Thursday, May 27, 2010

Mount Everest Climbing: Ultimately the 'Bheto Bangali' Has Done It!


Musa Ibrahim, the Daily Star journalist,
recently climbed the Mount Everest

Photo courtesy:

Mount Everest seen from Pang-La Pass (Tibetan side)
Photo courtesy:

When Bangalis (Bengalees) are metaphorically known as bheto Bangali ("rice-consuming Bangalis" who are easy-going, non-agressive and non-adventurous people), one Bangali, for the first time, succeeded recently in ascending the Mount Everest -- the highest peak in the world.

Musa Ibrahim, a sub-editor (copy-reader) of the Daily Star of Dhaka, joined a group of foreign mountaineers and some Nepali sherpas (porters and guides) and approached the Mount Everest from the Tibetan side. Ultimately, on May 23, 2010 morning, they reached the summit, reports the Daily Star.

The 26-member mountaineering team had one Bangladeshi (Musa Ibrahim), one American, six Britons, three Montenegrins, one Serb and 14 Nepalese sherpas. The team was coordinated by the Himalayan Guide, a company that operates mountaineering expeditions.

Bangladesh Prime Minister Sheikh Hasina congratulated Musa Ibrahim for his feat. In a message, she said that Musa glorified the image of Bangladesh in the world by hoisting the flag of Bangladesh on the highest peak in the world. "By conquering Mount Everest, Musa has proven that Bangalee is a brave nation, no obstruction is unconquerable to us," she said.

The China-Tibet Mountaineering Association on May 26 officially confirmed the feat of Musa Ibrahim's team by distributing certificates of achievement among the 12 foreign mountaineers.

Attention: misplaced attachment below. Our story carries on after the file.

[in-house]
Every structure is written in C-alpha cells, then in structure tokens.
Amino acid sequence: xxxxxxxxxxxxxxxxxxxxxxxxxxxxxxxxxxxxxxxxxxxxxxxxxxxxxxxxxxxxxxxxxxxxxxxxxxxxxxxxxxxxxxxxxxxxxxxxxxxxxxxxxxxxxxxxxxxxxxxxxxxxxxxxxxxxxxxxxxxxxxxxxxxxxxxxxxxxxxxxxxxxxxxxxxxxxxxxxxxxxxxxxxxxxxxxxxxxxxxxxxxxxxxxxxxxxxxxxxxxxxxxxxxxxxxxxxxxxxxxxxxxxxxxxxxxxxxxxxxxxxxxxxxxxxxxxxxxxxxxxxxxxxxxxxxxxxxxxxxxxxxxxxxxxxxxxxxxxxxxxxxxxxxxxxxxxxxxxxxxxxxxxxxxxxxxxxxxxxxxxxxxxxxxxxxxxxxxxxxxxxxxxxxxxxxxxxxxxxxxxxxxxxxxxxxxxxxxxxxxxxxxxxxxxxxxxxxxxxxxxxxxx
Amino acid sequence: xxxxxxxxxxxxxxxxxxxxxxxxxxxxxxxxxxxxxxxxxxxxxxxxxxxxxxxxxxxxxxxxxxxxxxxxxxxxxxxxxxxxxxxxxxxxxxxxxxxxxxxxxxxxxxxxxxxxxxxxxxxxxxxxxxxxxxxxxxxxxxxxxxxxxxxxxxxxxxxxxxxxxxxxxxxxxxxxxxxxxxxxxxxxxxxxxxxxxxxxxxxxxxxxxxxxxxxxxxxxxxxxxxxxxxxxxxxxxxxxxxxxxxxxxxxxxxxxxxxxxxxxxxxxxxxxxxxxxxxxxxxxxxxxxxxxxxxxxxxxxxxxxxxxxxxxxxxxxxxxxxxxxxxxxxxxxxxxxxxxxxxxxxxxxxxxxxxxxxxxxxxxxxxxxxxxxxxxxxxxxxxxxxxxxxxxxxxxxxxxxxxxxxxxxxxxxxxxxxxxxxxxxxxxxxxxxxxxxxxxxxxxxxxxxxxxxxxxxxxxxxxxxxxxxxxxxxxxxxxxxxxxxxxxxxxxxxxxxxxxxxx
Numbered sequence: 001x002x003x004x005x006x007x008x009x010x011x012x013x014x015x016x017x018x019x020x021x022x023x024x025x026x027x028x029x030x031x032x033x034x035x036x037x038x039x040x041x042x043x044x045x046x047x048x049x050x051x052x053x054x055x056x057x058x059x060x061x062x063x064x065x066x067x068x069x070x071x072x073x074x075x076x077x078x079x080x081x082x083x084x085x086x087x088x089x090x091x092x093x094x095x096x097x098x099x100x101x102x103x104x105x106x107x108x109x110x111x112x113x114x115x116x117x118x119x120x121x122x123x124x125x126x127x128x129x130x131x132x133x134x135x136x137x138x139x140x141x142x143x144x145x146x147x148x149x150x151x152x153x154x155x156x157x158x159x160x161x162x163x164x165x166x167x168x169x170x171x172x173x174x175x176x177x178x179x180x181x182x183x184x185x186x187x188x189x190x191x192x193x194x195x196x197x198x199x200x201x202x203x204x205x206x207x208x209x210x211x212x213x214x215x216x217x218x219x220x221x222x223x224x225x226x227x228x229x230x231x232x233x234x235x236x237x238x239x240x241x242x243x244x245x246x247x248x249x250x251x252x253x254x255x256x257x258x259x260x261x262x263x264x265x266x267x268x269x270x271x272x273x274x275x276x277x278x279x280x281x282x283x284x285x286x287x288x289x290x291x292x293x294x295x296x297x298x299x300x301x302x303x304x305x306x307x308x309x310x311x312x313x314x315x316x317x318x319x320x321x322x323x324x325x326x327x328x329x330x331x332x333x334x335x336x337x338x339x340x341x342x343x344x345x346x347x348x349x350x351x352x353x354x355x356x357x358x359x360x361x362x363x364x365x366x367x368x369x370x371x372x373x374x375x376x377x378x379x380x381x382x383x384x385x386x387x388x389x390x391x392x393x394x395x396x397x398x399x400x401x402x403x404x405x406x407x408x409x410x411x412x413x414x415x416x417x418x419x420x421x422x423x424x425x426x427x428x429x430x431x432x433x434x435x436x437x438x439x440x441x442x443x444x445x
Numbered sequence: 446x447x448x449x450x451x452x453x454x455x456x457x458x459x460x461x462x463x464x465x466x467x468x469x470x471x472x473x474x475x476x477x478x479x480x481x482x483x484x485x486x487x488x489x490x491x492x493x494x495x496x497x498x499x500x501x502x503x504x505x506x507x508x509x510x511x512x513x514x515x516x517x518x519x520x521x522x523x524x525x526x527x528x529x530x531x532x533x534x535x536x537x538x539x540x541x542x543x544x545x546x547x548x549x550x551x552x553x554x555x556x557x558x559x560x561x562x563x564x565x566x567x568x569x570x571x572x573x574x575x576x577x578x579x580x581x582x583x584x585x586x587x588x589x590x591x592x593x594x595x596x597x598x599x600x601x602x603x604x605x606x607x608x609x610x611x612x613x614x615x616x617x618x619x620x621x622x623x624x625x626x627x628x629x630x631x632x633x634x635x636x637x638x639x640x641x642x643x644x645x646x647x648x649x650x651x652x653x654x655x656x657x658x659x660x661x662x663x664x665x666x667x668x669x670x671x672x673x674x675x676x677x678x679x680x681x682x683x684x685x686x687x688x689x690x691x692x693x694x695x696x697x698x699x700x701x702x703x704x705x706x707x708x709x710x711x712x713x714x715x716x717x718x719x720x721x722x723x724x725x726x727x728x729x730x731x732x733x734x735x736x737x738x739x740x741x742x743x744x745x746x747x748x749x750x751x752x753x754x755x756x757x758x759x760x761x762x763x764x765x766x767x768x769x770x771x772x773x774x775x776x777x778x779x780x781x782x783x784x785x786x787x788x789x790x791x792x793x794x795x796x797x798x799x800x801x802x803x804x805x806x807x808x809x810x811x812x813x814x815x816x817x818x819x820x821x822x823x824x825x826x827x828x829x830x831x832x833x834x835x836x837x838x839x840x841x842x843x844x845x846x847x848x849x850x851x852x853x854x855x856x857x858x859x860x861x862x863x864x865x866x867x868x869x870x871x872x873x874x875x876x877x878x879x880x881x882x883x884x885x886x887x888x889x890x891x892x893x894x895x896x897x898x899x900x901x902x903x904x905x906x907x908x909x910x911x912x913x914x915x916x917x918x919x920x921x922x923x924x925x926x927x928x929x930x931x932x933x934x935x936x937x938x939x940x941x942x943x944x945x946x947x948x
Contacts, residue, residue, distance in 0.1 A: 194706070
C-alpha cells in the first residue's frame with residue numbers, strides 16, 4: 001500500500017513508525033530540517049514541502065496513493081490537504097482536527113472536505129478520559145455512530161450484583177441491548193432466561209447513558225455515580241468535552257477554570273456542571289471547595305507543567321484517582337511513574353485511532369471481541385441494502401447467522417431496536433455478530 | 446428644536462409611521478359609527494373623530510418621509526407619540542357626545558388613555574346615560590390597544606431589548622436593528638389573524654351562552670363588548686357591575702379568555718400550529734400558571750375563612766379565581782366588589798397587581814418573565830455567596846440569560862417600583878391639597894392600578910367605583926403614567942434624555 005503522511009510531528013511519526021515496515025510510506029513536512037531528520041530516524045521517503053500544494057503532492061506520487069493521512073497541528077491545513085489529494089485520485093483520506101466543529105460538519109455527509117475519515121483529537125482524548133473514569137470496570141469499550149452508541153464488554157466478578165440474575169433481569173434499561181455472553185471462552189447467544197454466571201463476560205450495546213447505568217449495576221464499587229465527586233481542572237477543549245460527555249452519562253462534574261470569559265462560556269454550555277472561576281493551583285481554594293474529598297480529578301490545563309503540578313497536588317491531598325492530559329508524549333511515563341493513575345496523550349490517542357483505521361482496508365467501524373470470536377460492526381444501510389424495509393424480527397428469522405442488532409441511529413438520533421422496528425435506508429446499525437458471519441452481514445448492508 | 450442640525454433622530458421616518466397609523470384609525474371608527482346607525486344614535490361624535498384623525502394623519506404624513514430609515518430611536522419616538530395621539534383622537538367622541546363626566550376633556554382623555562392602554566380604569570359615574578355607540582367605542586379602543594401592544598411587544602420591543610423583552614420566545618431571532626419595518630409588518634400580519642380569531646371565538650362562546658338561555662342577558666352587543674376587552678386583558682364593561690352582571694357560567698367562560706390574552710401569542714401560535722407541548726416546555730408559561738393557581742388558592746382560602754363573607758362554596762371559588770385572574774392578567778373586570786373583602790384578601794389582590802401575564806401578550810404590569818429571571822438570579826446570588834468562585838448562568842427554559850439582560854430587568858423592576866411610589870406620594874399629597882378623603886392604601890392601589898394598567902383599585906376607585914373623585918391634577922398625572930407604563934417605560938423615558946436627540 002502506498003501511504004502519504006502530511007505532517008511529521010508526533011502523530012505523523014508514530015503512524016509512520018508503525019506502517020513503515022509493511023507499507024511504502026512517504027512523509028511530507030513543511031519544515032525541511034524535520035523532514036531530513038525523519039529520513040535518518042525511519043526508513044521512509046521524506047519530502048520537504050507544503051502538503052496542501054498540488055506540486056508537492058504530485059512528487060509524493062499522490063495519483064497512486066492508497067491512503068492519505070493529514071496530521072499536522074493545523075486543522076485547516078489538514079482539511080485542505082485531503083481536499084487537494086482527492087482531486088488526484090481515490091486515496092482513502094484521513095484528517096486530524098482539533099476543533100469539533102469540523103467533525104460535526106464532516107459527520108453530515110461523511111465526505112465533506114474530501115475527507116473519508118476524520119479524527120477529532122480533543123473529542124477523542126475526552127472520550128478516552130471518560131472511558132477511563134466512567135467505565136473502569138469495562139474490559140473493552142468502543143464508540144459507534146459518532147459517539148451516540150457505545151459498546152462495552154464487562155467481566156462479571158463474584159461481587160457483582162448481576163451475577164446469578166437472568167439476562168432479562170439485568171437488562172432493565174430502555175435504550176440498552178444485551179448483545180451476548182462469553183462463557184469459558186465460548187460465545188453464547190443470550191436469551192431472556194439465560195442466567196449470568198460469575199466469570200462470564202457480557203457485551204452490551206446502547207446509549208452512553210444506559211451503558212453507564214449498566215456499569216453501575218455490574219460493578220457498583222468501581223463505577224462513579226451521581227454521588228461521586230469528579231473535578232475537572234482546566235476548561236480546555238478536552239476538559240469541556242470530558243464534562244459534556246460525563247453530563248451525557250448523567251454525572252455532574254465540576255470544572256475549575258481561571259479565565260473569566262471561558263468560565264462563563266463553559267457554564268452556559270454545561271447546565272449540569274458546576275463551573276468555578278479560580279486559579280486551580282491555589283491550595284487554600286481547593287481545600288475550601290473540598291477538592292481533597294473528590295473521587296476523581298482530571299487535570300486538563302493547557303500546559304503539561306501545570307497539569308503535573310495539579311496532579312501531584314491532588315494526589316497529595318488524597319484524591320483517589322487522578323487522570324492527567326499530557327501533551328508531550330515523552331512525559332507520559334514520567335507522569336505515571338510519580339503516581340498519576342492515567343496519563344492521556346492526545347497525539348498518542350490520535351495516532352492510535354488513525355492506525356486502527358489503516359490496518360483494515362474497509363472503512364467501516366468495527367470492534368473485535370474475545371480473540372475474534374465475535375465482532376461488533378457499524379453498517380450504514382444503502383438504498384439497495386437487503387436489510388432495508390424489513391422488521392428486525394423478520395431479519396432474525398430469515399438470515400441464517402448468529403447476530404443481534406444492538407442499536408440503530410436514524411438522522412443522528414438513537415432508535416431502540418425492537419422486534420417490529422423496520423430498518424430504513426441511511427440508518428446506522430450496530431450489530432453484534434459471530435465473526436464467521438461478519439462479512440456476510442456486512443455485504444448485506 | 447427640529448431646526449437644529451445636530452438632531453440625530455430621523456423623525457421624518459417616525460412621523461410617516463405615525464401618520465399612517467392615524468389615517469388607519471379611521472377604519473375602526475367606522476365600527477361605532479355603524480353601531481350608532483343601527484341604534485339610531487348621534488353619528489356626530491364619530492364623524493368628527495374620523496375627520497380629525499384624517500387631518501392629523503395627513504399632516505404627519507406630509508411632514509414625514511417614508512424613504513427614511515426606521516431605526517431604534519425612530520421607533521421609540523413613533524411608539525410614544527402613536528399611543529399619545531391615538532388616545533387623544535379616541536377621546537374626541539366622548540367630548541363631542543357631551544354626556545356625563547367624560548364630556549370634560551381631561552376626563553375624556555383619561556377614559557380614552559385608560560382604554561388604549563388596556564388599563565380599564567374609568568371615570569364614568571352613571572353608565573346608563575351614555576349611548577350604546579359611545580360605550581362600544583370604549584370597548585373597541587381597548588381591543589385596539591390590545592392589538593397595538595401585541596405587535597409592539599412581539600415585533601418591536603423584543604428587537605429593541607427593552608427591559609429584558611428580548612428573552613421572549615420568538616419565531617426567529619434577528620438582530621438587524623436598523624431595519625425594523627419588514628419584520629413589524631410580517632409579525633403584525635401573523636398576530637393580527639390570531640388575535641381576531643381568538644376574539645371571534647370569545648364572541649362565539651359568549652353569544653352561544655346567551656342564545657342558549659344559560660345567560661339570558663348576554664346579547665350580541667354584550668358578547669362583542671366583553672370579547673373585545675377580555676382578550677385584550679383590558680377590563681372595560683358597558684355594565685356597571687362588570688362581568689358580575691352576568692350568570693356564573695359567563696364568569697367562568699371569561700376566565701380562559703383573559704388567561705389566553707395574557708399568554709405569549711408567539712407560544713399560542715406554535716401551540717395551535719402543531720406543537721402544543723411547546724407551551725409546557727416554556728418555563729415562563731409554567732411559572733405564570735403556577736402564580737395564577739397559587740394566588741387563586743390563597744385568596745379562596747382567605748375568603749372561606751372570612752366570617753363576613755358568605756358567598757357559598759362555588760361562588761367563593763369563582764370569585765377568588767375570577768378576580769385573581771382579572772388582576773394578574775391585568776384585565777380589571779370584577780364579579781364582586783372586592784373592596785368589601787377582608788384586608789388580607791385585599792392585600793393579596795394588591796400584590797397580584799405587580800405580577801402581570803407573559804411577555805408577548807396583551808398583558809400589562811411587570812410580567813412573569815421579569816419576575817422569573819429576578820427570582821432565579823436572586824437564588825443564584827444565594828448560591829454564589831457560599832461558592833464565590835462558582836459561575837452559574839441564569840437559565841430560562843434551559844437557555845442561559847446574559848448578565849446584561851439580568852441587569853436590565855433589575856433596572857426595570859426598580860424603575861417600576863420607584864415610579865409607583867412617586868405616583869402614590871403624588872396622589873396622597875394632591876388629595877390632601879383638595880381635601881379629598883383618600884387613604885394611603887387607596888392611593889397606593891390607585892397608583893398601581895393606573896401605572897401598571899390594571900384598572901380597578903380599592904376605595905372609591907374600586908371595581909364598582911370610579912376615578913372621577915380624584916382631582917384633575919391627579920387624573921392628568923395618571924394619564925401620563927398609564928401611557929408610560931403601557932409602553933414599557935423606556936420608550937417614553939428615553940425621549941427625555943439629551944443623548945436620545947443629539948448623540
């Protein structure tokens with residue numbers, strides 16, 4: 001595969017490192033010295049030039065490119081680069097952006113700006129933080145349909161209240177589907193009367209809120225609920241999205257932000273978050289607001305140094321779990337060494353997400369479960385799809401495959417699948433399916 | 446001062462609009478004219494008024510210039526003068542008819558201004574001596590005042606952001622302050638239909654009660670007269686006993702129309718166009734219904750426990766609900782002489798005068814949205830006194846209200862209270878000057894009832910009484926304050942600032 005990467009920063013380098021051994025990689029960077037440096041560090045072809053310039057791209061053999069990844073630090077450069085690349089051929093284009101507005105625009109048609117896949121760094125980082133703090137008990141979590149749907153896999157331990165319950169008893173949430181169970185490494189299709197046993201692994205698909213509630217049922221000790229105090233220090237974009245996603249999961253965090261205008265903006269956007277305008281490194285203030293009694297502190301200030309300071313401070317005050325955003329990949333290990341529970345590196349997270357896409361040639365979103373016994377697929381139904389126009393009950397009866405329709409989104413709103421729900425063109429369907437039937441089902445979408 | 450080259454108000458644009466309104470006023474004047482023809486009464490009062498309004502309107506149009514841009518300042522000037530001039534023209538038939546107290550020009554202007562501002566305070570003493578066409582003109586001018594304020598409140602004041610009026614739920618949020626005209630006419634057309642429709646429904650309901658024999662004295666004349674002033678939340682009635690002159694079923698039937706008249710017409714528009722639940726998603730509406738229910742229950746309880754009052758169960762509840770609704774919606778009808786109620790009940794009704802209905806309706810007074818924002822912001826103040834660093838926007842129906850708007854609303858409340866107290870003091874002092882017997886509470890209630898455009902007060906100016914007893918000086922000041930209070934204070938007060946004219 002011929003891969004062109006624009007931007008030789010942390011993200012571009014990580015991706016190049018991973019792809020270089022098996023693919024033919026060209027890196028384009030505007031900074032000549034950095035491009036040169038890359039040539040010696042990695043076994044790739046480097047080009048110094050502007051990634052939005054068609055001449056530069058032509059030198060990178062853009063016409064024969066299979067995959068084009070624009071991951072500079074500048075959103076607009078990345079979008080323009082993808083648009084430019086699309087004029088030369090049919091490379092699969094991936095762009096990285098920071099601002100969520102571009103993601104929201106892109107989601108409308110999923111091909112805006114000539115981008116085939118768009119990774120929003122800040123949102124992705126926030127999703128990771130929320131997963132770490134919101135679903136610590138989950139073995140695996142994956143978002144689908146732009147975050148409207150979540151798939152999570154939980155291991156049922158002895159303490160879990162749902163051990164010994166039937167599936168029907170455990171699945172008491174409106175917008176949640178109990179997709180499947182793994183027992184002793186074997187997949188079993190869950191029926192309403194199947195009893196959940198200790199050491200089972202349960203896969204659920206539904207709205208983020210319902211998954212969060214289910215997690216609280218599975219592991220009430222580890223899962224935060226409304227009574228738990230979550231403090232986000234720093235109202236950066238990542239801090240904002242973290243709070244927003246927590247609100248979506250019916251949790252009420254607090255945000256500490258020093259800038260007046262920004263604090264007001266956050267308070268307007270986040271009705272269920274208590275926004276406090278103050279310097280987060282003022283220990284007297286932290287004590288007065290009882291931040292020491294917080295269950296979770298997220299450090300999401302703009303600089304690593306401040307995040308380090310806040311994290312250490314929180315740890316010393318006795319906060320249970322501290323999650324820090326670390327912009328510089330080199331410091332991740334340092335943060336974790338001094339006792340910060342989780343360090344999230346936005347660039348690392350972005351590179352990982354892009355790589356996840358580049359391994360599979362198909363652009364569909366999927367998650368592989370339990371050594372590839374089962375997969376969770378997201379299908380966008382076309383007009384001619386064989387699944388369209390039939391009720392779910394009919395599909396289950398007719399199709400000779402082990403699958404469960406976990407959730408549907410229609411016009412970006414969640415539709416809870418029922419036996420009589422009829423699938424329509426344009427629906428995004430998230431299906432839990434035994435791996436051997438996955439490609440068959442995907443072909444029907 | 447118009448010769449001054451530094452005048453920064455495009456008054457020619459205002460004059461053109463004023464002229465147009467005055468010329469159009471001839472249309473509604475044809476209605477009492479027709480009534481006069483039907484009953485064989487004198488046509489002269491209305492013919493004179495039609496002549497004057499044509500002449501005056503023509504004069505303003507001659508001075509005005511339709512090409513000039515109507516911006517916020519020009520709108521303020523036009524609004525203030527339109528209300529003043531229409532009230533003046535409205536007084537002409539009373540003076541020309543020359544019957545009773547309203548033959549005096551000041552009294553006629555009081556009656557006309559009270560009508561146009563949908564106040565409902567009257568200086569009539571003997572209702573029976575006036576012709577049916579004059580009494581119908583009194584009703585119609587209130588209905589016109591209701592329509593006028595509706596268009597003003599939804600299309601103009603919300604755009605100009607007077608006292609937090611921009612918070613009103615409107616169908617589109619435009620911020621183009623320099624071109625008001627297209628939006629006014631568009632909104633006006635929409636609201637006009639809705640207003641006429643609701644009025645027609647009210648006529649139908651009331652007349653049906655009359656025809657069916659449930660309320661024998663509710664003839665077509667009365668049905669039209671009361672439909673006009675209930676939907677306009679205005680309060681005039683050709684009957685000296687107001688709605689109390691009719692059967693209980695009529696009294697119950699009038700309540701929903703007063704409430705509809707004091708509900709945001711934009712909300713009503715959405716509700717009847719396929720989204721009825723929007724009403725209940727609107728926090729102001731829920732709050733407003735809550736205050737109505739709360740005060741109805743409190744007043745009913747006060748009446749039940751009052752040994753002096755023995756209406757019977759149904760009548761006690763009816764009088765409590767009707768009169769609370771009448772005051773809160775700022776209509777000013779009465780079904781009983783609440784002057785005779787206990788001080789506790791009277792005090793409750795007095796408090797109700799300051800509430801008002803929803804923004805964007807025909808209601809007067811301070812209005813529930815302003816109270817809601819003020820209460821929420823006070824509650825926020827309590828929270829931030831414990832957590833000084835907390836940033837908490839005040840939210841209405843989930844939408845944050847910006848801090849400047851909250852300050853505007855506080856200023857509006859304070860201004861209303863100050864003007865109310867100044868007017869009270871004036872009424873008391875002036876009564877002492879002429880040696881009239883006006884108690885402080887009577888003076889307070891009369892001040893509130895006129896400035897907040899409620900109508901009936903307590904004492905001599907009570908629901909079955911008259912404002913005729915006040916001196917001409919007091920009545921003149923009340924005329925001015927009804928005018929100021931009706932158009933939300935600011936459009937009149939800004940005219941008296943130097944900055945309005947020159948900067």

In reaction, Musa Ibrahim said: "It is the fulfillment of a dream. It is not possible to express in words the emotions. I was overwhelmed when I reached the top of the peak."

From the sea level, Mt. Everest is 8,848 metres (29,035 feet) high. Musa Ibrahim along with some others founded the North Alpine Club Bangladesh in October, 2007. Its members practise mountain climbing with the goal of reaching the highest peak in the world. In June, 2009, Musa Ibrahim and Tawhid Hossain, a fellow member of the club, ascended Mount Annapurna IV (7,525 metres or 24,688 feet high).

New Zealand's Edmund Hillary and Nepal's Sherpa Tenzing Norgay were the first persons to conquer Mount Everest on May 29, 1953. After them, so far, about 1,200 persons from different countries ascended the summit. This year, this is the first time that a Bangladeshi joined the Everest ascenders' list.

To a Bangali, mountaineering is as foreign as an Eskimo

Bangladesh is a large plain delta with numerous rivers, rivulets and canals crisscrossing it like a fishing net. Only in the north-eastern and south-eastern parts of the country there are some hills. The highest peak in Bangladesh is Mount Keokradong (some say 'Keokradang') which is 1,230 metres or 4,034 feet high. From time immemorial, non-Bangali ethnic peoples were inhabiting near these hills. Bangalis were not interested in nor did they have the stamina for climbing these hills. With the independence of Bangladesh, Bangalis began to settle in hilly areas in increasing numbers. In many cases, they were encroaching on the land and properties of the ethnic peoples. Till now, mountaineering in local hills did not develop yet. Local mountaineering is still as foreign as an Eskimo.